PCGH: You announced that BRINK will be released for the Xbox 360 and PS3 too. Can we speak of a pure cross platform development or do you heavily adjust your base technology for each platform?
Arnout: BRINK is being developed as a fully cross-platform game. We try to share as much code and as many assets as possible between the platforms. During work on our previous games we already had a solid understanding of doing cross-OS development and this experience partially translated over to working with multiple hardware platforms in writing portable code.
For example, we have developed a job system for BRINK, which can be used to offload code to the SPEs of the PS3 or to the various hardware threads available on the PC or Xbox 360. We also know what the strengths of each of the platforms are and we make sure that all of them receive the attention they need in order to fully utilise them. We don't want any of them to feel like they are ‘just a port'.
PCGH: If you develop special PC build of BRINK, what are your reasons to do so? What technical features can only be realized with the PC as platform? What are the main differences between the console and the PC version as far as general technical aspects as well as the visuals is concerned?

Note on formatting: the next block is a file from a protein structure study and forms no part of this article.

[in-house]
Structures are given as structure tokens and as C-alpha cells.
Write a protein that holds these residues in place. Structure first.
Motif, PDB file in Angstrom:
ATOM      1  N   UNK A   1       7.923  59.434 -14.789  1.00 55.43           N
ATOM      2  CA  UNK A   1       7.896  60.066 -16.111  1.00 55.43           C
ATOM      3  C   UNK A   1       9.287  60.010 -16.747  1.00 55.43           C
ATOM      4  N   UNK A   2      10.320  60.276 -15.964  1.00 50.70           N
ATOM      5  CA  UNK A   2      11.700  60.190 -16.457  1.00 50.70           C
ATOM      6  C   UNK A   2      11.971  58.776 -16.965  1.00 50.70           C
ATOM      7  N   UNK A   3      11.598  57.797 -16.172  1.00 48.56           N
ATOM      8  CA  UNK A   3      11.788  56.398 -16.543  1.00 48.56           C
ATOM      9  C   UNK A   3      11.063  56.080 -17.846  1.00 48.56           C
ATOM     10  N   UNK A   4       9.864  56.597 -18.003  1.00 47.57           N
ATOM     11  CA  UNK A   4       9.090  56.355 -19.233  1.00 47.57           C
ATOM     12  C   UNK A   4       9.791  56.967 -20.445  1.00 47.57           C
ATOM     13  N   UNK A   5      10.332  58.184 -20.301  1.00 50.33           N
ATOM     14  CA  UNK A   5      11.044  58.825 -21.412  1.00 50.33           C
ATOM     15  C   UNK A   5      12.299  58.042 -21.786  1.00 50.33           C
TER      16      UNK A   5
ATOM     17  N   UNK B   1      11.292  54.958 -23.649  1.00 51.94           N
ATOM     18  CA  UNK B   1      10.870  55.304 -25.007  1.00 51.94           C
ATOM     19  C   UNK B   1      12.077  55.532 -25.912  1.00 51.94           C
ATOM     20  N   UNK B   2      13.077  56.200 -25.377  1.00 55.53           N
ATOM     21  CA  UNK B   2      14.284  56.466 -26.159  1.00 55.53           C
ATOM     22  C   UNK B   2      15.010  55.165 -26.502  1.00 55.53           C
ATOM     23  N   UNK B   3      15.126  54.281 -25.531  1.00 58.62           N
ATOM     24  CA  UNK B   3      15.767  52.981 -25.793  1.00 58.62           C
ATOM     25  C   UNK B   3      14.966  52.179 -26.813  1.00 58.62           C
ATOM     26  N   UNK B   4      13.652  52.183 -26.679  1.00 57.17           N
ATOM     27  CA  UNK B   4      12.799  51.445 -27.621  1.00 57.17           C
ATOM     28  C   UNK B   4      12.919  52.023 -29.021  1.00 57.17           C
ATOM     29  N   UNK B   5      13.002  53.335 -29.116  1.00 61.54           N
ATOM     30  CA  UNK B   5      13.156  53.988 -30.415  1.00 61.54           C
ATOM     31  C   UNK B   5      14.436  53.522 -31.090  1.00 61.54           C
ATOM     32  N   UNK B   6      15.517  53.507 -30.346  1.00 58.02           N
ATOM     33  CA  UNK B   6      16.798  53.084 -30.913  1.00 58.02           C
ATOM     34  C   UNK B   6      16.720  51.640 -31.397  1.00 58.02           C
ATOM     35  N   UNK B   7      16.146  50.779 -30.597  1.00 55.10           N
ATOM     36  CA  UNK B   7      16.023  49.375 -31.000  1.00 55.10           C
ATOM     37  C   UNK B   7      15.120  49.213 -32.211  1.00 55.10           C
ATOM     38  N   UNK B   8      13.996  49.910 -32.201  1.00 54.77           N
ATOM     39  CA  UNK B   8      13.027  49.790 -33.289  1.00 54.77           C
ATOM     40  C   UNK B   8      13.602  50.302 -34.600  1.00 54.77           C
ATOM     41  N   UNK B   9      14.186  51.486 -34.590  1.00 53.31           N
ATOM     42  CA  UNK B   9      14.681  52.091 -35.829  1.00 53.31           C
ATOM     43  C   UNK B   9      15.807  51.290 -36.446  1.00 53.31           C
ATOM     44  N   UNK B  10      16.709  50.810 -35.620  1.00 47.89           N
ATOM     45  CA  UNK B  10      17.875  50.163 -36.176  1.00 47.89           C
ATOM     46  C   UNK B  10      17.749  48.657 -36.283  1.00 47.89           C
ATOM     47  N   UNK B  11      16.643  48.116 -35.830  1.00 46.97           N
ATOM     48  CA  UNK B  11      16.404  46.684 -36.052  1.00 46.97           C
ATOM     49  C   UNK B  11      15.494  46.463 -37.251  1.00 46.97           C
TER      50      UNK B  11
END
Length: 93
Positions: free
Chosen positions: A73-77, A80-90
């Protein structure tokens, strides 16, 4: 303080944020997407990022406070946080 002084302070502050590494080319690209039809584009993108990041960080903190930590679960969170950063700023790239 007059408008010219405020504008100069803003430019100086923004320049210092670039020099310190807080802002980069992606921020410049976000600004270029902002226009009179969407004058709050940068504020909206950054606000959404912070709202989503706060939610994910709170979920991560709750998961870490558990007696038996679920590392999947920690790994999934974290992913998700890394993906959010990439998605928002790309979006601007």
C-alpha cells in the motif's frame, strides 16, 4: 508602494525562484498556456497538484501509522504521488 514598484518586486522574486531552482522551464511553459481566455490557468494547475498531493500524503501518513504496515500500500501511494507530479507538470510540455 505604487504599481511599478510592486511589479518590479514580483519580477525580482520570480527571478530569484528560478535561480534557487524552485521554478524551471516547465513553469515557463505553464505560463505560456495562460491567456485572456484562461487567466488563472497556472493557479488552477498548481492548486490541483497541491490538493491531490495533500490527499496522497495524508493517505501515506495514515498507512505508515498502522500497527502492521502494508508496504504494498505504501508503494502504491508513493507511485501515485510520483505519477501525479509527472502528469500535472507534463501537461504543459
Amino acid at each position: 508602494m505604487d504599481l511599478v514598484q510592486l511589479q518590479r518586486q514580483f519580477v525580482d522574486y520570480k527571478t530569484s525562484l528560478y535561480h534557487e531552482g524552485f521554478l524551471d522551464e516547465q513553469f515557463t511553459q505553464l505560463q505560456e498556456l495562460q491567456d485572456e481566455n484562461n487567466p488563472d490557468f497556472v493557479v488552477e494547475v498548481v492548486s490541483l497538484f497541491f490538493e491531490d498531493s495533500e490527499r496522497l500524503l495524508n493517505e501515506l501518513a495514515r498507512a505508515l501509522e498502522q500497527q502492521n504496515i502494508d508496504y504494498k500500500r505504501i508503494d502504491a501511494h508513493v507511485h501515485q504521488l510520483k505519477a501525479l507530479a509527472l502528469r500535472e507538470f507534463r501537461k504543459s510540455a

Arnout: Our main goal is to make sure we have a great game on all of the platforms. This includes the PC, which will get special attention to be able to benefit from, for example, the more customisable input features a mouse and keyboard offer.
Because we are writing a single game, there won't be many visual differences on the various platforms to ensure the artists can concentrate on creating good art, rather than on tweaking it. That said, the PC version will be more scalable and will be able to make use of more powerful hardware if available. There are various areas where we provide extra features you can enable to show your über-PC off to your mates.
On the hosting end, dedicated servers have always been a strong backbone of any multiplayer PC shooter and we will be offering these for people to host themselves.
PCGH: It seems that a detailed visual presentation is very important for BRINK. What would you mention, when asked about modern rendering techniques that are utilized in BRINK besides Virtual Texturing? Can you please give some practical examples (you're welcome to use very technical terms)?